Tell your doctor and pharmacist the name of all the prescription and non-prescription medicines you are taking, including dietary supplements and herbal remedies.
Never take itraconazole if you:
- are taking any of the medicines listed below. Dangerous or even life-threatening abnormal heartbeats could result:
- quinidine (such as Cardioquin, Quinaglute, Quinidex)
- dofetilide (such as Tikosyn)
- cisapride (such as Propulsid)
- pimozide (such as Orap)
- methadone (such as Dolophine)
- levacetylmethadol (such as Orlaam)
- are taking any of the following medicines:
- lovastatin (such as Mevacor, Advicor, Altocor)
- simvastatin (such as Zocor)
- triazolam (such as Halcion)
- midazolam (such as Versed)
- nisoldipine (such as Sular)
- felodipine (such as Plendil)
- ergot alkaloids (such as Migranal, Ergonovine, Cafergot, Methergine)
- have ever had an allergic reaction to itraconazole or any of the other ingredients in itraconazole. Ask your doctor or pharmacist for a list of these ingredients.
Taking itraconazole with certain other medicines could lead to serious or life-threatening medical problems. For example, taking fentanyl, a strong opioid narcotic pain medicine, with itraconazole could cause serious side effects, including trouble breathing, that may be life-threatening. Tell your doctor and pharmacist the name of all the prescription and non-prescription medicines you are taking. Your doctor will decide if itraconazole is the right treatment for you.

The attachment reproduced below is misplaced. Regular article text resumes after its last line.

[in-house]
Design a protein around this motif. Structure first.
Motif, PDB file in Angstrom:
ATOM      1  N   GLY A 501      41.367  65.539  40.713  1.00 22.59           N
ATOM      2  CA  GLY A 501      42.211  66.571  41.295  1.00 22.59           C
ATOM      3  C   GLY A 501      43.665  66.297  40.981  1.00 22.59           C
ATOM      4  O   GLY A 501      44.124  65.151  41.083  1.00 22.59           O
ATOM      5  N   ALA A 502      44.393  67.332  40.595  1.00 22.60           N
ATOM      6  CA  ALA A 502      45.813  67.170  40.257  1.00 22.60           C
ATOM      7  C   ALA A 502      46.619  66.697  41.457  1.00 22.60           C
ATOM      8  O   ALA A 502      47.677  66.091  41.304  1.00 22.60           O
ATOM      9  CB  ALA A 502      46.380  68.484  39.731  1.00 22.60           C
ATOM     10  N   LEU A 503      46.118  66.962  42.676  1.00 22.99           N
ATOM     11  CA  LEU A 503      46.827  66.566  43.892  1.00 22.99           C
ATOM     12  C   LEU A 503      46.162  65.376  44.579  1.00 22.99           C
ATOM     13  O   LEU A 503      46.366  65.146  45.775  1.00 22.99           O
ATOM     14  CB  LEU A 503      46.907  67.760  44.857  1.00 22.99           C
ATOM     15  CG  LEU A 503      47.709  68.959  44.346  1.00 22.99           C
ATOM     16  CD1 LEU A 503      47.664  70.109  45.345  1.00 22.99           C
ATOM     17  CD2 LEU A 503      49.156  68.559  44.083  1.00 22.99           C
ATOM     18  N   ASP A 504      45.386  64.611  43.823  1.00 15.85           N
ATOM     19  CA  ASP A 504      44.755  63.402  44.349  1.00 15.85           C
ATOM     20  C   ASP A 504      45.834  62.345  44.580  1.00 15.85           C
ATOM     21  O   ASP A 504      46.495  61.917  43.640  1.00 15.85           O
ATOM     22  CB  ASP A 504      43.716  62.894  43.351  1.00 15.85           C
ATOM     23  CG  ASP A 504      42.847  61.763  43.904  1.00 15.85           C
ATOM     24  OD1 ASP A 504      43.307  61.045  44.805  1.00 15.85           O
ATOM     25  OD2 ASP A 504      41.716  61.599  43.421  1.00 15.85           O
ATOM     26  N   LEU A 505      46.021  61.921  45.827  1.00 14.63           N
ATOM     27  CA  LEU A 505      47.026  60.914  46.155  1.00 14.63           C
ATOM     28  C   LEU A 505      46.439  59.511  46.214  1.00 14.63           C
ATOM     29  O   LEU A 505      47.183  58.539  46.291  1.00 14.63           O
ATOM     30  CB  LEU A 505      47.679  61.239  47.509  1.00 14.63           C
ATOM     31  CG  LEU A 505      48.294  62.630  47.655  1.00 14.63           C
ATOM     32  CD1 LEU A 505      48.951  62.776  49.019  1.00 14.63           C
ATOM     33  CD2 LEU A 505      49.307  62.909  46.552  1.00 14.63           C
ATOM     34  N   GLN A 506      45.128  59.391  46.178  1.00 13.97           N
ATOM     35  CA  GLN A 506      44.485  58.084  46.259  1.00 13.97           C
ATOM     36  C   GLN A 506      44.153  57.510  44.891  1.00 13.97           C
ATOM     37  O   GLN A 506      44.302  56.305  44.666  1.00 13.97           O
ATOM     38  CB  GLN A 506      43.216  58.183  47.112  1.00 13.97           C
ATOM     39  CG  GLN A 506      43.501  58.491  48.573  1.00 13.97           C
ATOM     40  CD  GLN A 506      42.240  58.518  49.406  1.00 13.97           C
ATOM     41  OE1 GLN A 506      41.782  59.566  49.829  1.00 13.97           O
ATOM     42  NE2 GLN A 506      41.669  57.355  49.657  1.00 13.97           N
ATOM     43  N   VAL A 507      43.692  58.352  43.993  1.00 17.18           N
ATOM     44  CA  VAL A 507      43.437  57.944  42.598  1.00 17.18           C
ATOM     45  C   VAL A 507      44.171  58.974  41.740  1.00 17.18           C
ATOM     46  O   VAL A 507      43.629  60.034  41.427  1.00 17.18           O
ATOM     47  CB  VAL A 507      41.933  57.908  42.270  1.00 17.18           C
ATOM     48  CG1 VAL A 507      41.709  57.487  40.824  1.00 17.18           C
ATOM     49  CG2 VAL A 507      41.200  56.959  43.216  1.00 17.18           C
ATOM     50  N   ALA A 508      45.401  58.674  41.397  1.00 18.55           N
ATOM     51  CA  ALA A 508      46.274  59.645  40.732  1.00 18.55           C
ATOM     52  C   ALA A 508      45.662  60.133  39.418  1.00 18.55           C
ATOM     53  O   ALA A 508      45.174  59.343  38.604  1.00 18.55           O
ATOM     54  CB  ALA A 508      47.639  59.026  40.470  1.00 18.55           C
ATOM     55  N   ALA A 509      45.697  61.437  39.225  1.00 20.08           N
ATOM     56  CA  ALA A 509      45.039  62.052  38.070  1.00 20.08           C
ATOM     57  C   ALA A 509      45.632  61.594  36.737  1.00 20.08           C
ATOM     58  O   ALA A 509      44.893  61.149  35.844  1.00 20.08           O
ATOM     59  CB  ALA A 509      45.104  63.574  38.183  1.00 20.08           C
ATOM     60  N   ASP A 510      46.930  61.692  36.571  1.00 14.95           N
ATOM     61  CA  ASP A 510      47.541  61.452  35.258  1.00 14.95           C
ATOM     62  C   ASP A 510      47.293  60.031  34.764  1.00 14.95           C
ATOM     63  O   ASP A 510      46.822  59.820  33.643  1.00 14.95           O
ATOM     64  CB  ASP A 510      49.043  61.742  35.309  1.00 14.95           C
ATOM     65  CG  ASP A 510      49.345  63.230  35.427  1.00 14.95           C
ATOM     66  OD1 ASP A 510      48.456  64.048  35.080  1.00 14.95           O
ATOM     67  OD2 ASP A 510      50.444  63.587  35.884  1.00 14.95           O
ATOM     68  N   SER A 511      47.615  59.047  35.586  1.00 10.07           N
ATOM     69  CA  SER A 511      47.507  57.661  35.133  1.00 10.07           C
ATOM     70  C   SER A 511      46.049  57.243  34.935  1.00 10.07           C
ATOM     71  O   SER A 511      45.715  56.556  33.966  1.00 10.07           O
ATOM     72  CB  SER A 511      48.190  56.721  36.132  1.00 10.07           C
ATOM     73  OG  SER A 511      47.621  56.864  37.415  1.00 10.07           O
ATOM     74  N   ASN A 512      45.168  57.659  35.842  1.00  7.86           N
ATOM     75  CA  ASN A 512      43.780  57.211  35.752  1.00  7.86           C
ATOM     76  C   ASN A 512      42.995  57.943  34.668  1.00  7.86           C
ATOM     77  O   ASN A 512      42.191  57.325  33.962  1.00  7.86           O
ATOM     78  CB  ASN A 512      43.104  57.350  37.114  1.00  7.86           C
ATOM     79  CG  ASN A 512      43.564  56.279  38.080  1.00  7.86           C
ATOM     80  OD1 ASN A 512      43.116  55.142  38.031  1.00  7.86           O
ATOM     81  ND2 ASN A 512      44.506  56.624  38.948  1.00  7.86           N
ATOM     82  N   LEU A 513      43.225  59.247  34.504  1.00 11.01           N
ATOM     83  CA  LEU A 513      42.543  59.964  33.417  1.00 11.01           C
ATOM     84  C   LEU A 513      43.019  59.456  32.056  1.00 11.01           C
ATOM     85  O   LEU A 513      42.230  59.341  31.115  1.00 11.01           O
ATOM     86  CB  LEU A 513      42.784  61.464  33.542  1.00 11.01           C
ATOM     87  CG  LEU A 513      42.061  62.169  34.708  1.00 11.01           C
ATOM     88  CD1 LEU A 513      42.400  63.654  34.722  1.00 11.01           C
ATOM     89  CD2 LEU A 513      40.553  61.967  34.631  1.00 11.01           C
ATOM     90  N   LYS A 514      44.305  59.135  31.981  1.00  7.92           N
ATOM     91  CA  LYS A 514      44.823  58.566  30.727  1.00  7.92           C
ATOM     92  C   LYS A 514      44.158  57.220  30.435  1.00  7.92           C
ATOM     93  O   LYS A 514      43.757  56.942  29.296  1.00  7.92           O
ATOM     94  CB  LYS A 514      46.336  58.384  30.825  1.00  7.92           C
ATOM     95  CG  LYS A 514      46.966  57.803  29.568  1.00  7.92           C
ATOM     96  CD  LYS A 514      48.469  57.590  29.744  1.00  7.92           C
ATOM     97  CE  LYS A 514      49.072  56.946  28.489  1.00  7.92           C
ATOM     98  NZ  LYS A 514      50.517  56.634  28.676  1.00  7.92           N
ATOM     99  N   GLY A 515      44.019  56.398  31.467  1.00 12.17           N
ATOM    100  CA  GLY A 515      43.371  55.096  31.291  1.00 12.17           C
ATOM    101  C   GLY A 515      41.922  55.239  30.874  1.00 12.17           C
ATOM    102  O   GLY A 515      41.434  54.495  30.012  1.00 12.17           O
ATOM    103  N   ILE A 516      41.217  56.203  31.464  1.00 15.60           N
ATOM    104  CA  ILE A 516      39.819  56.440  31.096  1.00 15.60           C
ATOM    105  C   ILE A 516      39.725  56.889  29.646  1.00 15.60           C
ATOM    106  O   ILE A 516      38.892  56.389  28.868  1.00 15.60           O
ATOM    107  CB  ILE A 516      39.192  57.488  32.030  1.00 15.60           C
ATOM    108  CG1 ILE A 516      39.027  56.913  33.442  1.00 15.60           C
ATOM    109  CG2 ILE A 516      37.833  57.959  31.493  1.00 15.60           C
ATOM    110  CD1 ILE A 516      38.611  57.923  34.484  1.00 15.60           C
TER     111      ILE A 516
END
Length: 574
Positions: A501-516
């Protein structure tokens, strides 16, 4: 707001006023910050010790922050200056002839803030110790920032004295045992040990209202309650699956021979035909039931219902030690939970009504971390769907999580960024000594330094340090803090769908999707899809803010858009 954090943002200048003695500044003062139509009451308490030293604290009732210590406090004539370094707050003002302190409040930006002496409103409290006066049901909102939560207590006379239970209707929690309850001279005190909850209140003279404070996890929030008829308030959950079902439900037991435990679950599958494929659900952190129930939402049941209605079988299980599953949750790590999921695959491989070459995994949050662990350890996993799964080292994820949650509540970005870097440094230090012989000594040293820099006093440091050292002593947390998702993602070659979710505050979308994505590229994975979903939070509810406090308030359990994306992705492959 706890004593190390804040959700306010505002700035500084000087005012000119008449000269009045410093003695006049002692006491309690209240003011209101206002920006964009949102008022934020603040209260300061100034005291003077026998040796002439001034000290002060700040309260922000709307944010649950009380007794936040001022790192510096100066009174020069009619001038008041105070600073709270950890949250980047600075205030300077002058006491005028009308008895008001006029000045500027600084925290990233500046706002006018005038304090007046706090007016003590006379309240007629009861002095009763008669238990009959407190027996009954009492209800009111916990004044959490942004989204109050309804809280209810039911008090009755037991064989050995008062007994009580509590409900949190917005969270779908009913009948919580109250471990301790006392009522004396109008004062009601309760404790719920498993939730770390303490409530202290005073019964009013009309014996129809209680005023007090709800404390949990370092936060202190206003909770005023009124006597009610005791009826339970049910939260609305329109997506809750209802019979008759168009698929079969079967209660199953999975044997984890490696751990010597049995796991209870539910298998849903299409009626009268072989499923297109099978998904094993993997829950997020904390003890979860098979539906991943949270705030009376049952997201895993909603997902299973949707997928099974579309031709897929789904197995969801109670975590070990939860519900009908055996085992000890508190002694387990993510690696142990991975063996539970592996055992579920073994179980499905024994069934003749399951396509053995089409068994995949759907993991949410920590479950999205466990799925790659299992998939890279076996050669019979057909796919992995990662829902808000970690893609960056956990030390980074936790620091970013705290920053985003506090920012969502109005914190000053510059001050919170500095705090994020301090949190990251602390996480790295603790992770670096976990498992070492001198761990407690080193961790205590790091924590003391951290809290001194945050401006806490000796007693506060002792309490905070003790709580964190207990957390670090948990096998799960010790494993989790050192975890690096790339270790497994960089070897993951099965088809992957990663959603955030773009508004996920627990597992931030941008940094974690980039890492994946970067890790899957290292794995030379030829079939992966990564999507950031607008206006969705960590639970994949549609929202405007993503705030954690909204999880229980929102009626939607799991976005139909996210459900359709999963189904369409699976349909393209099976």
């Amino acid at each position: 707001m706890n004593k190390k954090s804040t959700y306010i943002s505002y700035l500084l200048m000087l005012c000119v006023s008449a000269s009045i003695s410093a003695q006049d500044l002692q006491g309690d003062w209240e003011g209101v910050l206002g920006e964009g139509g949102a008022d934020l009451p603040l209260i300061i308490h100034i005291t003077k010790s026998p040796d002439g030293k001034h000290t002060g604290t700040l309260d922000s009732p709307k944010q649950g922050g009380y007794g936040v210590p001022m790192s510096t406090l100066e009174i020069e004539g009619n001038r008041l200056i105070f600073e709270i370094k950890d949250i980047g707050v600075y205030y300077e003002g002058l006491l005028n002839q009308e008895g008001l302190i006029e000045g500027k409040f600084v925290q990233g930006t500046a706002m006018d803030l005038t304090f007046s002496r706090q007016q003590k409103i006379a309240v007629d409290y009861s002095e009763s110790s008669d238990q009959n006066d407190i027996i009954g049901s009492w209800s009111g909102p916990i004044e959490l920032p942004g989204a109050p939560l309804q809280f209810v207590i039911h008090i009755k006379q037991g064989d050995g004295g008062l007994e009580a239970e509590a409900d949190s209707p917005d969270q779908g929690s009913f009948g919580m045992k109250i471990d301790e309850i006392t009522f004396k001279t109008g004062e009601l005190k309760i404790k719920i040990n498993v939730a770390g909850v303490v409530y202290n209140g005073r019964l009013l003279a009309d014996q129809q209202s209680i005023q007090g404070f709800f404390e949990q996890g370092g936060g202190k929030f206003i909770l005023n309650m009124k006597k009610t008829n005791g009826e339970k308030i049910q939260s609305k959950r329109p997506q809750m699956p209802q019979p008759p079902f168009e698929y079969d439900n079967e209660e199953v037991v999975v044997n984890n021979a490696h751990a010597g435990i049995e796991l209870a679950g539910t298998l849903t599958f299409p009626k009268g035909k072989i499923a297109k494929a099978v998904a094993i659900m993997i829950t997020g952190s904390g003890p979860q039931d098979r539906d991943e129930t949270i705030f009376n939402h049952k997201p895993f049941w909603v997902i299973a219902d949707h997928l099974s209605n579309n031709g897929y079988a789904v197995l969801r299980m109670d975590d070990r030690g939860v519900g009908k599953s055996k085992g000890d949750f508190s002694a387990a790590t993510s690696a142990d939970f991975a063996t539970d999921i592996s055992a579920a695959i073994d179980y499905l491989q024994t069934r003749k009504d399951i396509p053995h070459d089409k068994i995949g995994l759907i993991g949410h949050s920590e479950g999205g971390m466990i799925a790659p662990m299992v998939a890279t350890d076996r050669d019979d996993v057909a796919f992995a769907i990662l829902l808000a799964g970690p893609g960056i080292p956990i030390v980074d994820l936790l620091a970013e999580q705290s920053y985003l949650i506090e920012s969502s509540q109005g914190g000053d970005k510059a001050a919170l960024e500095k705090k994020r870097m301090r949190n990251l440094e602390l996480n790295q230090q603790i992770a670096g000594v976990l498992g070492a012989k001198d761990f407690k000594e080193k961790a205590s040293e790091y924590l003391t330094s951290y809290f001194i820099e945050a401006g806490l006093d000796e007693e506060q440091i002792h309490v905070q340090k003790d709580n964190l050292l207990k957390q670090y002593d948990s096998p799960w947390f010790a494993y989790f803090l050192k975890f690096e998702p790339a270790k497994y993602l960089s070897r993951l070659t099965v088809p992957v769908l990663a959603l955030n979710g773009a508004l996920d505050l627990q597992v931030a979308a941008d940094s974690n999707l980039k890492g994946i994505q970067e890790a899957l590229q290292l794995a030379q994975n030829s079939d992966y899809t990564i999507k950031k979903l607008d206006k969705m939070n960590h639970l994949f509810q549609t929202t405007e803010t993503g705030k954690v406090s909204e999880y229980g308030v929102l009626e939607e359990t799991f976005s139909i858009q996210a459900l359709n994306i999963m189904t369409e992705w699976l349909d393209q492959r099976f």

Itraconazole is used to treat fungal nail infections. However, itraconazole is not for everyone. Do not take itraconazole for fungal nail infections if you have had heart failure, including congestive heart failure. You should not take itraconazole if you are taking certain medicines that could lead to serious or life-threatening medical problems. If you have had heart, lung, liver, kidney or other serious health problems, ask your doctor if it is safe for you to take itraconazole.
Tell your doctor and pharmacist the name of all the prescription and non-prescription medicines you are taking, including dietary supplements and herbal remedies. See "Drug Interactions".
Also tell your doctor about any other medical conditions you have had, especially heart, lung, liver or kidney conditions. Never take itraconazole if you:
- have had heart failure, including congestive heart failure.
- have ever had an allergic reaction to itraconazole or any of its ingredients. Ask your doctor or pharmacist for a list of these ingredients.
Itraconazole and Pregnancy
Never take itraconazole if you have a fungal nail infection and are pregnant or planning to become pregnant within 2 months after you have finished your treatment.
If you are able to become pregnant, you should use effective birth control during itraconazole treatment and for 2 months after finishing treatment. Ask your doctor about effective types of birth control.
Itraconazole and Lactation
Tell your doctor if you are breastfeeding or plan to breastfeed. Itraconazole is excreted in human breast milk and may harm your nursing baby.
Always take itraconazole during or right after a full meal.
Your doctor will decide the right dose for you. Depending on your infection, you will take itraconazole once a day for 12 weeks, or twice a day for 1 week in a "pulse" dosing schedule. You will receive either a bottle of capsules or a PulsePak. Do not skip any doses. Be sure to finish all your itraconazole as prescribed by your doctor.